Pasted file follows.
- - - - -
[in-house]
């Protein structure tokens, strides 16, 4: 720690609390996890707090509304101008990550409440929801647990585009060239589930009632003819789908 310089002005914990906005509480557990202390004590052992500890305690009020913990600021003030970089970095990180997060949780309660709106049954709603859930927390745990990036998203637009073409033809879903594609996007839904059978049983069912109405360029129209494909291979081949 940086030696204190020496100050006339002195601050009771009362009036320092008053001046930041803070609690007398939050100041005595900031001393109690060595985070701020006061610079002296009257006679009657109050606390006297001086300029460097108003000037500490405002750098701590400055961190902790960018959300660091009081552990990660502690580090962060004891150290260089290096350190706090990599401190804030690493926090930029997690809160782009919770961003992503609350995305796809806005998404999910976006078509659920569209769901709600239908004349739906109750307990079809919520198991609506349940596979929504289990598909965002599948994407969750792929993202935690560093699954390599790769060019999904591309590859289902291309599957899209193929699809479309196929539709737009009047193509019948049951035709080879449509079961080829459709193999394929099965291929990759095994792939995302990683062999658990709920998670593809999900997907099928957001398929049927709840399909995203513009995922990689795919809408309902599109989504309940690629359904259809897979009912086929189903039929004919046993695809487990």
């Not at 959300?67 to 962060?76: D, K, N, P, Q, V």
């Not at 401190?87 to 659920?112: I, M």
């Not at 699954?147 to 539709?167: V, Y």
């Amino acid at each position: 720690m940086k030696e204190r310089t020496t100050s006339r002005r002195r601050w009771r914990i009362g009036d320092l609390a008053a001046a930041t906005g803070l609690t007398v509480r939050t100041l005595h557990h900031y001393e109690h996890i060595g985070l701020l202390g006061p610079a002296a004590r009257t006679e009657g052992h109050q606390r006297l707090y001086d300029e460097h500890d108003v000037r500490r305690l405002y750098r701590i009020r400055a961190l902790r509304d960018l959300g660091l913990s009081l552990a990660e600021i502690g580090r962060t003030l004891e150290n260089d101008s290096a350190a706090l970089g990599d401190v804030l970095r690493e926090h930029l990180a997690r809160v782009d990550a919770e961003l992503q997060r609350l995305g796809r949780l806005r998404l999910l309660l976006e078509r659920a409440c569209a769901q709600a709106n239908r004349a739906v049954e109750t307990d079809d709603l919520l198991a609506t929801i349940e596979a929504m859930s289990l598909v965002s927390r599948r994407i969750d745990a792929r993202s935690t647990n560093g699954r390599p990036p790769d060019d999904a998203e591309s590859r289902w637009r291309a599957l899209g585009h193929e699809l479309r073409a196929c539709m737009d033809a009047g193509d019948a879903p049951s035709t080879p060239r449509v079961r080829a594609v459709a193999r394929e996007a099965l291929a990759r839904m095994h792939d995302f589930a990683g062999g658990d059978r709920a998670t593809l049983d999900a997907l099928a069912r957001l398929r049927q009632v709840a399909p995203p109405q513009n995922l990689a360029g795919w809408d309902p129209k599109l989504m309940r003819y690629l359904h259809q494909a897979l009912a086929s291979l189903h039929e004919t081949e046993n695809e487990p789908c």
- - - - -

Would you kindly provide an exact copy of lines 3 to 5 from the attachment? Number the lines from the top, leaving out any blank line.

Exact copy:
């Not at 959300?67 to 962060?76: D, K, N, P, Q, V």
């Not at 401190?87 to 659920?112: I, M």
């Not at 699954?147 to 539709?167: V, Y």